By Charlene Porter
IIP Staff Writer
29 November 2013
“If we channel our energy and compassion into science-based results,” President Obama’s World AIDS Day proclamation states, “an AIDS-free generation is within our reach.”
The National Institutes of Health (NIH) is at the forefront of U.S. medical research on improved HIV treatments, infection prevention methods, effective vaccines and, ultimately, a cure.
NIH and the U.S. research community “have developed more than 30 life-saving antiretroviral (ARV) drugs and drug combinations for treating HIV infection,” according to a statement issued by NIH leadership. These efforts led to the discovery that ARV drugs help prevent transmission of the virus from an HIV-positive person to a partner, as the medications reduce the level of the virus in the bloodstream.
U.S. and international programs over the last decade expanded global access to ARV drugs. These medications now are distributed to 9.7 million people in low- and middle-income countries. The NIH leaders say researchers continue work to improve ARV drugs to become “longer-acting, simpler to use and with fewer side effects.”
NIH and international partners are pursuing research to improve prevention efforts through expanded voluntary HIV testing, better delivery of ARV treatment and other prevention services. These programs are underway in South Africa and Zambia, where 1.2 million people in 21 communities are participating in the studies.
The search for a vaccine against HIV has been underway for decades, but the changing nature of the virus has made the work “challenging and marked by disappointments,” the NIH statement said. At the same time, new tools are being identified that might speed vaccine research. And a vaccine trial in Thailand produced some limited results that offer promise with further investigation.
Diligent research offers hope that further progress is within reach. President Obama is reaching out to other leaders to enlist new partners to better leverage U.S. investments in international treatment of the disease. The Obama administration will host a conference December 2–3, drawing world leaders to Washington to demonstrate commitment to fighting the pandemic and providing the funding to help more people worldwide in the days ahead.
Members of the governing board of the Global Fund to Fight AIDS, Tuberculosis and Malaria expressed optimism in November that this Washington replenishment conference will attract additional funding commitments in excess of $9 billion.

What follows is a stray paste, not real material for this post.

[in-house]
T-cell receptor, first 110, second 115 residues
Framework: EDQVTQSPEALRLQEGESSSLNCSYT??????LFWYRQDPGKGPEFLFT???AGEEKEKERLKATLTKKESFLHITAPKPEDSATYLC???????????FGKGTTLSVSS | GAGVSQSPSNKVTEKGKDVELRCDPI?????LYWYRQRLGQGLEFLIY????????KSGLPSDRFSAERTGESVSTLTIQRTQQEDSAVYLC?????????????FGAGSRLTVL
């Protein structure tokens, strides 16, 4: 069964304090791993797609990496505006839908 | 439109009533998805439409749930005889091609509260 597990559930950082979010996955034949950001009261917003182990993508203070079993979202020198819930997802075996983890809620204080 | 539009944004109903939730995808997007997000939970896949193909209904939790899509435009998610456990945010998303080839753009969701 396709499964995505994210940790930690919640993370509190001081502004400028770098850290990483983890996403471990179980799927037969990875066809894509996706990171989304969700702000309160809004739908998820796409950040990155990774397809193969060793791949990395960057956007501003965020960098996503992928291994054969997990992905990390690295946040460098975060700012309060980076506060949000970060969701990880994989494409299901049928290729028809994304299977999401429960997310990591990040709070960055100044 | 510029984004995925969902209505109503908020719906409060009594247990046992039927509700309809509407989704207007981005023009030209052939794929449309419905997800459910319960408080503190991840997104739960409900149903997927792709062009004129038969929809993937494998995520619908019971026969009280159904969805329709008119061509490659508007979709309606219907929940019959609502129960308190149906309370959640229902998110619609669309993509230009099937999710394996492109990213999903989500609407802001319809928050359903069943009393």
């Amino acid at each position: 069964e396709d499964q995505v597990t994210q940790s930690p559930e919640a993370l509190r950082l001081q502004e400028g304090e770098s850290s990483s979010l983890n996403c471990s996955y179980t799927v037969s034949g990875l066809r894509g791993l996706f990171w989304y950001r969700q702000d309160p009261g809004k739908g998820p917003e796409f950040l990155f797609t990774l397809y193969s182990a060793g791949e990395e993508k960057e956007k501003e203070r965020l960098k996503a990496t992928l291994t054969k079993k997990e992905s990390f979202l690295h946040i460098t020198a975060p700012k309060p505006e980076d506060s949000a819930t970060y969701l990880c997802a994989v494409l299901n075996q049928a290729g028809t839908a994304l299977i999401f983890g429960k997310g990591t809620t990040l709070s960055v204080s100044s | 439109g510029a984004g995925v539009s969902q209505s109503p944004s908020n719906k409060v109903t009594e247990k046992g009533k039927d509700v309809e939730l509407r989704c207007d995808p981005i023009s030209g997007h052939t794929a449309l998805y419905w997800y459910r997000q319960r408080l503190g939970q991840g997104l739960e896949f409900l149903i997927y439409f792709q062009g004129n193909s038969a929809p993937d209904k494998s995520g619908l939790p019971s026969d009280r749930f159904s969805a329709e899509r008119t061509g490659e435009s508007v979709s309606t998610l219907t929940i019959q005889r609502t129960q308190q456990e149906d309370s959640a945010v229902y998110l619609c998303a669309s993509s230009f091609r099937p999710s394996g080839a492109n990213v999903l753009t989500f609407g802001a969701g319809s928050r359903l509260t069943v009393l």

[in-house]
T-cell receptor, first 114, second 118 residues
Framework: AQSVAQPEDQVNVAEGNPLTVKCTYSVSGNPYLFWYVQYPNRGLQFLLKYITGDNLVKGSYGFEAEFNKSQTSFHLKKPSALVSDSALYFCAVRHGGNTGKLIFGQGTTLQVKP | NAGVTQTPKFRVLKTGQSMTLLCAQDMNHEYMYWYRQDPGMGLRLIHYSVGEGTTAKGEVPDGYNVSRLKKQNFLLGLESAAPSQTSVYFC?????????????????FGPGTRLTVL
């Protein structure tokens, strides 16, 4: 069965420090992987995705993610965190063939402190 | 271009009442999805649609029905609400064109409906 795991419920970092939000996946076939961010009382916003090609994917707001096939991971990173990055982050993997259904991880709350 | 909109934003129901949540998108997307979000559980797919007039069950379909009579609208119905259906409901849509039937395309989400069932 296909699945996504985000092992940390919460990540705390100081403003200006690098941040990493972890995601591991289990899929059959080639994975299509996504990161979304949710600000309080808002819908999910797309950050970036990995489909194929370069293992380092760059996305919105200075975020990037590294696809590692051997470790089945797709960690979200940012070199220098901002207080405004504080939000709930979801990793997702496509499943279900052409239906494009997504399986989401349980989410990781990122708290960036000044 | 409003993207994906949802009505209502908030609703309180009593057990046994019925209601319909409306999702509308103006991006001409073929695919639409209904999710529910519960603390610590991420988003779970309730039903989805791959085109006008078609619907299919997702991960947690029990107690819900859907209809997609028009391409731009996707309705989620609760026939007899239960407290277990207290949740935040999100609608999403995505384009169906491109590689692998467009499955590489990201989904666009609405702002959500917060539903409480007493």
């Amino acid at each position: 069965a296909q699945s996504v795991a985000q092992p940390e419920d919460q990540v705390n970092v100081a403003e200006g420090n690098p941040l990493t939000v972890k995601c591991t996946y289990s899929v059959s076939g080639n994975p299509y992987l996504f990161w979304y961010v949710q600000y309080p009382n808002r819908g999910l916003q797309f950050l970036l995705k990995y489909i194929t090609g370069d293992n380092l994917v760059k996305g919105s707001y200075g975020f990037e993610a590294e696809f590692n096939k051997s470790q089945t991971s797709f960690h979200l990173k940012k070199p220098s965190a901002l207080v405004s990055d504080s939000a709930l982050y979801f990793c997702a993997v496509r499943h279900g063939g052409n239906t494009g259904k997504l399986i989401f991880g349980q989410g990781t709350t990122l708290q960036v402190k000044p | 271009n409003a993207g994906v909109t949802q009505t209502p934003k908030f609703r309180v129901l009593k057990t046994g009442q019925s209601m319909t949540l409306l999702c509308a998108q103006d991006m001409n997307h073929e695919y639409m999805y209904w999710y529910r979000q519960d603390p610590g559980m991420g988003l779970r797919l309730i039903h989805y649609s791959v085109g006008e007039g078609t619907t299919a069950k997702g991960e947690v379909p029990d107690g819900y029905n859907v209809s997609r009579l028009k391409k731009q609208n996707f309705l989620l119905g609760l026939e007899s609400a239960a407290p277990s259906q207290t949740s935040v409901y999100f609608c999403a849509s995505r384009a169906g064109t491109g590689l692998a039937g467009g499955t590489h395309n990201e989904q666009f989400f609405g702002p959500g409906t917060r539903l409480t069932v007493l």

The U.S. Centers for Disease Control and Prevention (CDC) is another U.S. agency deeply involved in the international campaign against HIV/AIDS. CDC provides support in public health and disease prevention to ministries of health in more than 70 countries. The U.S. agency is helping public health counterparts in other nations to introduce strategies for preventing the transmission of the virus and creating sustainable health systems to support HIV-infected persons. These efforts are also applying a framework for stronger public health programs, which will ultimately offer more extensive health care services for populations overall.
With accelerated resources and energy being devoted to the campaign against HIV/AIDS, U.N. Secretary-General Ban Ki-moon said in his AIDS Day statement, “I am more optimistic than ever.” But along with medical and scientific progress, he also called for progress against social discrimination, which further exacerbates the burden of the disease.
“We must recommit to breaking the remaining barriers, including punitive laws and social exclusion, so we can reach all people who lack access to HIV treatment and services,” Ban said.
The U.S.-focused National HIV/AIDS Strategy (NHAS), issued by President Obama in 2010, is also emphasizing the need to end discrimination this World AIDS Day. As part of the NHAS, officials are reaching out to the public in a campaign called “Facing AIDS” to encourage testing, proper health care, HIV/AIDS education and support for people living with the disease.